I’ve often been critical of Islam, though I hold many individual Muslims in high esteem. Here is an article from today’s Washington Post, though, that does a great job of highlighting some of the problems with Islam in America – and the sort of person who might be able to help the Muslim community in this country become more modern and more American. The young man in question is Adeel Zeb, and he sounds like the sort of individual I would like to see in the pulpit of most faiths.
His theology is upbeat. He emphasizes what he sees as Islam's wisdom, the successes of Muslim Americans in sports and politics, and the need to boost Muslim self-esteem in a time of increased prejudice. A favorite topic is interfaith relations, in particular the importance of Muslim Americans being ambassadors to other communities.
Zeb prefers the middle ground in most disputes, focusing on cultural context and not on orthodoxies about who keeps more halal or whether online chatting with someone of the opposite sex is ever acceptable.
"Find an imam you trust, and if what they say is in accordance with what your heart thinks is right, go with that," he tells students. "But don't try to find someone who will please your desires."
But Zeb's tolerance has limits. Preaching to Georgetown students in mid-February, he tells them not to celebrate the holidays of other faiths. During a Koran study session a few weeks later at American, he walks a fine line when a student asks: Can non-Muslims be righteous? Are they doomed to hell?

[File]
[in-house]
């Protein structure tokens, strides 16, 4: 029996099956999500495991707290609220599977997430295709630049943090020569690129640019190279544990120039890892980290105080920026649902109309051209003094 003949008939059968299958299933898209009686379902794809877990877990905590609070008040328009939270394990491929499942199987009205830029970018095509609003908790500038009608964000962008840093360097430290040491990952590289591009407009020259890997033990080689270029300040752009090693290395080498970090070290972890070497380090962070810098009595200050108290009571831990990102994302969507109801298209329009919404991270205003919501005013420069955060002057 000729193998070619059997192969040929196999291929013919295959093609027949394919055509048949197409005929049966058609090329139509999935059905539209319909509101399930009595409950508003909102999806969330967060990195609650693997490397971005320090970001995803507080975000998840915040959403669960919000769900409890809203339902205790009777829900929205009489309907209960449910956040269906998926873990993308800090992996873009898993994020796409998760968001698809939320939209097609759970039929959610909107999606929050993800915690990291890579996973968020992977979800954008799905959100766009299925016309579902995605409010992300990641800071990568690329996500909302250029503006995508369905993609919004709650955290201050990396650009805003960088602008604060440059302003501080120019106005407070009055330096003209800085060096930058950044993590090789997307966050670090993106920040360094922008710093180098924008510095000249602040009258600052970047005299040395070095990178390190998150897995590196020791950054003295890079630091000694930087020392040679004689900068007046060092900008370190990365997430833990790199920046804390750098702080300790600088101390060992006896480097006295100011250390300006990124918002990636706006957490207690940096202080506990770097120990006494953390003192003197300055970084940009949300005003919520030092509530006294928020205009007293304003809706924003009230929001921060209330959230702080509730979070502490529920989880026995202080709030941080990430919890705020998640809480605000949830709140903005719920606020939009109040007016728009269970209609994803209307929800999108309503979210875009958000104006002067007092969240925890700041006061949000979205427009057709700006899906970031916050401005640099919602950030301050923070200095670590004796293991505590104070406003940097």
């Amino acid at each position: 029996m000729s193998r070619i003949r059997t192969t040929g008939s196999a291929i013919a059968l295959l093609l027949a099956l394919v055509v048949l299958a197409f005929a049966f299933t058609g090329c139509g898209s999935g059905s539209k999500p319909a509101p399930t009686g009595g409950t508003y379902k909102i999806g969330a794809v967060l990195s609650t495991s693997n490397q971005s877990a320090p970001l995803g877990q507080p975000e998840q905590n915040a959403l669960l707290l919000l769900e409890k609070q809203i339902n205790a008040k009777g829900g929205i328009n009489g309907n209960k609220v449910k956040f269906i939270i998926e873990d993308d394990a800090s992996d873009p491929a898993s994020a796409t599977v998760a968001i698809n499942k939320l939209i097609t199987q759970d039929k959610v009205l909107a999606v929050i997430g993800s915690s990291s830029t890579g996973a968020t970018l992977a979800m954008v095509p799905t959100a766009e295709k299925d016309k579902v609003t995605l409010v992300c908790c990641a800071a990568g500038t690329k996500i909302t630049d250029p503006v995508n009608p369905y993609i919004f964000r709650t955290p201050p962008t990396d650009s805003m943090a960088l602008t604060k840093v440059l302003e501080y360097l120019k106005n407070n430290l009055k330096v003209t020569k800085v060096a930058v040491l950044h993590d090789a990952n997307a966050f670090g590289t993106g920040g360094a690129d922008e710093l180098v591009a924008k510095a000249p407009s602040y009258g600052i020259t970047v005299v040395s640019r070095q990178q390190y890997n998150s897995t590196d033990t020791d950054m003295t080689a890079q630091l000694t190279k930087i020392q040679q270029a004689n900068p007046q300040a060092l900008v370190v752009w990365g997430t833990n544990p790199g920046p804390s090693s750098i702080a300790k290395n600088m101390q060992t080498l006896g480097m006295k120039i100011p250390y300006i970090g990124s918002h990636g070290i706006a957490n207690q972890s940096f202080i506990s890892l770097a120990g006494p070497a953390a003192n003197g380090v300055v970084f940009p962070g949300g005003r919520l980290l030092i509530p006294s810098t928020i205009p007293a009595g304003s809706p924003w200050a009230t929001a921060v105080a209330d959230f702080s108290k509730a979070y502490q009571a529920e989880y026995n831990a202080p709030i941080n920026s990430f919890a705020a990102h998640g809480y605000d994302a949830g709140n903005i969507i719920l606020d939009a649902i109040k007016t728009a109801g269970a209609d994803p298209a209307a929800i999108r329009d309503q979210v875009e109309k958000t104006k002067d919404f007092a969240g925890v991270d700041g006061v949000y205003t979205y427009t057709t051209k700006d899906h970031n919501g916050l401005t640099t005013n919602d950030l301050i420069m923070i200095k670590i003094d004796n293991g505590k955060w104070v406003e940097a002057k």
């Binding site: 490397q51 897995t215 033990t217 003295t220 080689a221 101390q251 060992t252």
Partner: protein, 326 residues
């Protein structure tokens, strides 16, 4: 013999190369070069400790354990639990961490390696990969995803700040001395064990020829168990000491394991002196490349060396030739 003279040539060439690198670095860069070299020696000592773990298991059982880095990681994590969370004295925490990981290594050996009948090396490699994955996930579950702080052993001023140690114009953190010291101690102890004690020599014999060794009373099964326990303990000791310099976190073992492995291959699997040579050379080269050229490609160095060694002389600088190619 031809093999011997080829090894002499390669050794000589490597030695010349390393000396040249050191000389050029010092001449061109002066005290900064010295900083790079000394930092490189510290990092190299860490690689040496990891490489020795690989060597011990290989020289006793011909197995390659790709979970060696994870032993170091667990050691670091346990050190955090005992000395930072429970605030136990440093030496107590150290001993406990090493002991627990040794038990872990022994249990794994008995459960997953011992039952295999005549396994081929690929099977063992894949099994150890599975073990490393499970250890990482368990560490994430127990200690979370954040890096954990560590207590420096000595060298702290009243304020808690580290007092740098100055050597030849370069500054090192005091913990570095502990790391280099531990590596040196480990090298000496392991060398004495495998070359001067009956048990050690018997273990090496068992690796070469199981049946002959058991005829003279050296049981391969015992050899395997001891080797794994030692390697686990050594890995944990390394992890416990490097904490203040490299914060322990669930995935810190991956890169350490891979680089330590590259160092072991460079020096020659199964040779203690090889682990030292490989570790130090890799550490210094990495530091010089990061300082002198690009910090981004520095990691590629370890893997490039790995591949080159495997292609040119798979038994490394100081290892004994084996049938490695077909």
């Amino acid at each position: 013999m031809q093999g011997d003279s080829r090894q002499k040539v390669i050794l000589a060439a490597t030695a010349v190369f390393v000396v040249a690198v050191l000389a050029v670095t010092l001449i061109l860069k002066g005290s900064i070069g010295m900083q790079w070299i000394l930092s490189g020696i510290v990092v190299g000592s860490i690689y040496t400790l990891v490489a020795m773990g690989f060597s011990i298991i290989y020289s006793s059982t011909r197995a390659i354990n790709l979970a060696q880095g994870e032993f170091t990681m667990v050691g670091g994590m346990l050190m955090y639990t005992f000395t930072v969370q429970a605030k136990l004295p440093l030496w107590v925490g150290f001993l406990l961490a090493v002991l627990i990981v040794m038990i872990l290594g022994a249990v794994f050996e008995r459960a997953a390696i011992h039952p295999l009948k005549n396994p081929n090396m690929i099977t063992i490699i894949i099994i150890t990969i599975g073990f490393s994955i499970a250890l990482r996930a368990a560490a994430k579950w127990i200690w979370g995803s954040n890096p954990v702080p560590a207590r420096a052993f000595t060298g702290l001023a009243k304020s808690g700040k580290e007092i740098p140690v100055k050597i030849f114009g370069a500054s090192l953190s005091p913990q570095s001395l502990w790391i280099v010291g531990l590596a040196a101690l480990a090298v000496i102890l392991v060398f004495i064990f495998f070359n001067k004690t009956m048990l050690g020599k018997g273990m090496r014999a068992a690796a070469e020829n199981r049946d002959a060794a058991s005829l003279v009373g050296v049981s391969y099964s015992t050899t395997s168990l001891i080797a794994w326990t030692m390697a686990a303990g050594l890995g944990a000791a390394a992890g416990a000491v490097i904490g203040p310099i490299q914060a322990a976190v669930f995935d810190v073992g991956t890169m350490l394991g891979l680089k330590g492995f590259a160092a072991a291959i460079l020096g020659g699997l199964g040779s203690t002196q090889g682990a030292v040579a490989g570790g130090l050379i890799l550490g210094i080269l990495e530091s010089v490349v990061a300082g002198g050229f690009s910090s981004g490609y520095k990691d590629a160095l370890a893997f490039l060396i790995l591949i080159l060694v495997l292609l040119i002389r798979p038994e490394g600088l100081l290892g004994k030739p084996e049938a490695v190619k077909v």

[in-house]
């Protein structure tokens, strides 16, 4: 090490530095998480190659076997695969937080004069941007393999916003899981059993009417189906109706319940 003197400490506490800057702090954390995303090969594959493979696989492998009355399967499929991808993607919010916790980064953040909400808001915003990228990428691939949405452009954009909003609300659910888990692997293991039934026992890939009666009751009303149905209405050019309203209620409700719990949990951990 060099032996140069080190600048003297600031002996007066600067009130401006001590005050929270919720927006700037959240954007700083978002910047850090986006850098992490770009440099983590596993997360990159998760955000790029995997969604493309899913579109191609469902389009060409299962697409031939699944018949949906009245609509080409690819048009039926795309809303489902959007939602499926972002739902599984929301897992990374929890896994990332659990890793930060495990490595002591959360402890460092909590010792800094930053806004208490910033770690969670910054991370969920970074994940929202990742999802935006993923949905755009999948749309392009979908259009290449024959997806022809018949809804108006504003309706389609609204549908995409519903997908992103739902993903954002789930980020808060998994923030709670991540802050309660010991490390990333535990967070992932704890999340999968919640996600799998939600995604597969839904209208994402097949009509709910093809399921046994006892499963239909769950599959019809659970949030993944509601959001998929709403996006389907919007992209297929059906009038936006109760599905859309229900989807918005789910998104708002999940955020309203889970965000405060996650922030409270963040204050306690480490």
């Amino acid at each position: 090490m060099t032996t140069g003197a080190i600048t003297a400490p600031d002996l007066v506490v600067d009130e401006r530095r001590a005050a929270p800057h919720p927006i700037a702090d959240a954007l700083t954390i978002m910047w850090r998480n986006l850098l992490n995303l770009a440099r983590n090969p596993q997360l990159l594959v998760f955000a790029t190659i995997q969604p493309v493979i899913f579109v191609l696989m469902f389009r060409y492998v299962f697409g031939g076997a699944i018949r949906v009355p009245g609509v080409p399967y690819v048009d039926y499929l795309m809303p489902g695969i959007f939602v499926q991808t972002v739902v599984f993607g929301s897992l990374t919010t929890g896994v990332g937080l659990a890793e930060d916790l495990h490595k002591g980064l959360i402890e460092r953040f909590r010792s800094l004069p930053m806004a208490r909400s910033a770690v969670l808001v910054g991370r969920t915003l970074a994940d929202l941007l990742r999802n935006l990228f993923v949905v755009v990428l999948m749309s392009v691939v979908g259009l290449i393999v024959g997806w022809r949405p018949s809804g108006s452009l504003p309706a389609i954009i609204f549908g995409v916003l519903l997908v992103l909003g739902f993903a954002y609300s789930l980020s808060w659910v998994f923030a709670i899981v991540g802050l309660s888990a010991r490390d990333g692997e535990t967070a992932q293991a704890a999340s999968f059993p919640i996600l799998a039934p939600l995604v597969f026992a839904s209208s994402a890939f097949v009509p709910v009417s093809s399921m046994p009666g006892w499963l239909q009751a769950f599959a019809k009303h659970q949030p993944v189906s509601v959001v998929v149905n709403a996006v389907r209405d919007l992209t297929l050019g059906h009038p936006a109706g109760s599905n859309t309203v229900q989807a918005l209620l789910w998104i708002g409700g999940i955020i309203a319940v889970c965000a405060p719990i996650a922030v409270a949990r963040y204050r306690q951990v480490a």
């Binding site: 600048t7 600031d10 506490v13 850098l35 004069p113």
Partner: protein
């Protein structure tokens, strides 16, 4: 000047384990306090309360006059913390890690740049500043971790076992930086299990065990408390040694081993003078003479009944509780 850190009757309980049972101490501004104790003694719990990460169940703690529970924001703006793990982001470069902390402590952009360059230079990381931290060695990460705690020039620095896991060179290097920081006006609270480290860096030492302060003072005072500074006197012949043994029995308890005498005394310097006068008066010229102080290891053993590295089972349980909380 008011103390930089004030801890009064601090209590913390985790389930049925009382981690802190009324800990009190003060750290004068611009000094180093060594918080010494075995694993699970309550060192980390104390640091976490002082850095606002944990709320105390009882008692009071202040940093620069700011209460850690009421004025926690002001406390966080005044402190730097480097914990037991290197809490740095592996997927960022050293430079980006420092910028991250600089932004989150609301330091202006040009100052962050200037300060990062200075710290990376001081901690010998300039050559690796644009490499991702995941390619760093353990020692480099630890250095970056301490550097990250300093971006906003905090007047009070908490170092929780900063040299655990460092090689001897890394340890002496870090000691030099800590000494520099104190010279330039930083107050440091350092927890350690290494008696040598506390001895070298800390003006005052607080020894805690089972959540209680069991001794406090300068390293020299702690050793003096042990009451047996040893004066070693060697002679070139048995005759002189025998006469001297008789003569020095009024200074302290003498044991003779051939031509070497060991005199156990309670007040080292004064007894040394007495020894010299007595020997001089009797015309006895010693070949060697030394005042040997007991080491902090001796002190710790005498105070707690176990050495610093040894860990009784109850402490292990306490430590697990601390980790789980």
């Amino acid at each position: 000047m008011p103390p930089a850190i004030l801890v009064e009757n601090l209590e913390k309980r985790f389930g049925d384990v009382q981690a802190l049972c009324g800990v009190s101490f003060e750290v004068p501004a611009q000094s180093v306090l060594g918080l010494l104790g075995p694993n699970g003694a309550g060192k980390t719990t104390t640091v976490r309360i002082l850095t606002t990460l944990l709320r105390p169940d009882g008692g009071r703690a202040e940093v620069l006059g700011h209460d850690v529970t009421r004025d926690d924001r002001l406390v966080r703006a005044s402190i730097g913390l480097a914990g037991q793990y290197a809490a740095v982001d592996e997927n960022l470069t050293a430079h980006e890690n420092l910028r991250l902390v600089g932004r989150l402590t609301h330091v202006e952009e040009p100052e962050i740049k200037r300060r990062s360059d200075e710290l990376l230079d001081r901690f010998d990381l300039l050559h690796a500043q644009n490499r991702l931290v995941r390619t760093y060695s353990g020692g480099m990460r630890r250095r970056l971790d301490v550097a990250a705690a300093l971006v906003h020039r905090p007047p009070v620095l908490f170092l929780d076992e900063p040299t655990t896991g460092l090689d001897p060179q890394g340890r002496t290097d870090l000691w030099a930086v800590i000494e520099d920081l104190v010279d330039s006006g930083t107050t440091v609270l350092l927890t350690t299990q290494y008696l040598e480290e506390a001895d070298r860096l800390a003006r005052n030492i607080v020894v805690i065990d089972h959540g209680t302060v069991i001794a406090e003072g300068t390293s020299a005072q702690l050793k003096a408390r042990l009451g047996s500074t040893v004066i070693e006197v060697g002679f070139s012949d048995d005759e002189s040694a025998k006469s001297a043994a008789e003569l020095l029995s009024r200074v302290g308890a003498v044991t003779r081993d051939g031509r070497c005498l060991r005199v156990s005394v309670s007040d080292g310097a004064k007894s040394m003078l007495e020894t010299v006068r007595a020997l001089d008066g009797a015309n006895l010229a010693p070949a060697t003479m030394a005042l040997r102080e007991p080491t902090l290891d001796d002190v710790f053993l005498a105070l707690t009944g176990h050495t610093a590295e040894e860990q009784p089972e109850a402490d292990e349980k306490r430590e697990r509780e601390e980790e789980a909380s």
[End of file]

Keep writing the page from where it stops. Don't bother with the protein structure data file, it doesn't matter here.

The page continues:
"It's God's choice," Zeb says after circling the question a bit. "There can be non-Muslims who go to heaven and Muslims who go to hell. It's an individualistic thing. Every person has to account to God."
The problem, though, is that his age is an obstacle to getting hired by most mosques, and he has not memorized the Quran from start to finish and is not fluent in Arabic. And since there is no sort of central body for training and placing imams in this country, it remains hard for native-born Muslims of his generation to get hired in a mosque.
But interestingly enough, Zeb may have the sort of vision to do something about that.
Zeb's future remains unsettled. Although he's pursuing interviews with mosques across the country, he's exploring alternatives, including opening a center to train Muslim chaplains for universities. He's open to politics. Or being a professor and spiritual motivational speaker.
For now, he says, those might be more viable options than becoming a full-time, home-grown imam.
I like that suggestion about training Muslim chaplains. That is the sort of project that could get Zeb and his brand of American Islam a way in to American mosques as the younger generation of native-born Muslims rises in influence in that faith. What’s more, it could be that such a project would be the basis for creating that central body for training and placing American imams in this country And much like a younger generation of American evangelicals have made that brand of Christianity more relevant to life in modern America without compromising the essential truths and wisdom of two millennia of Christianity, it seems that Zeb may be the very force that does the same within the Islamic community – for the betterment of both his faith community and the United States.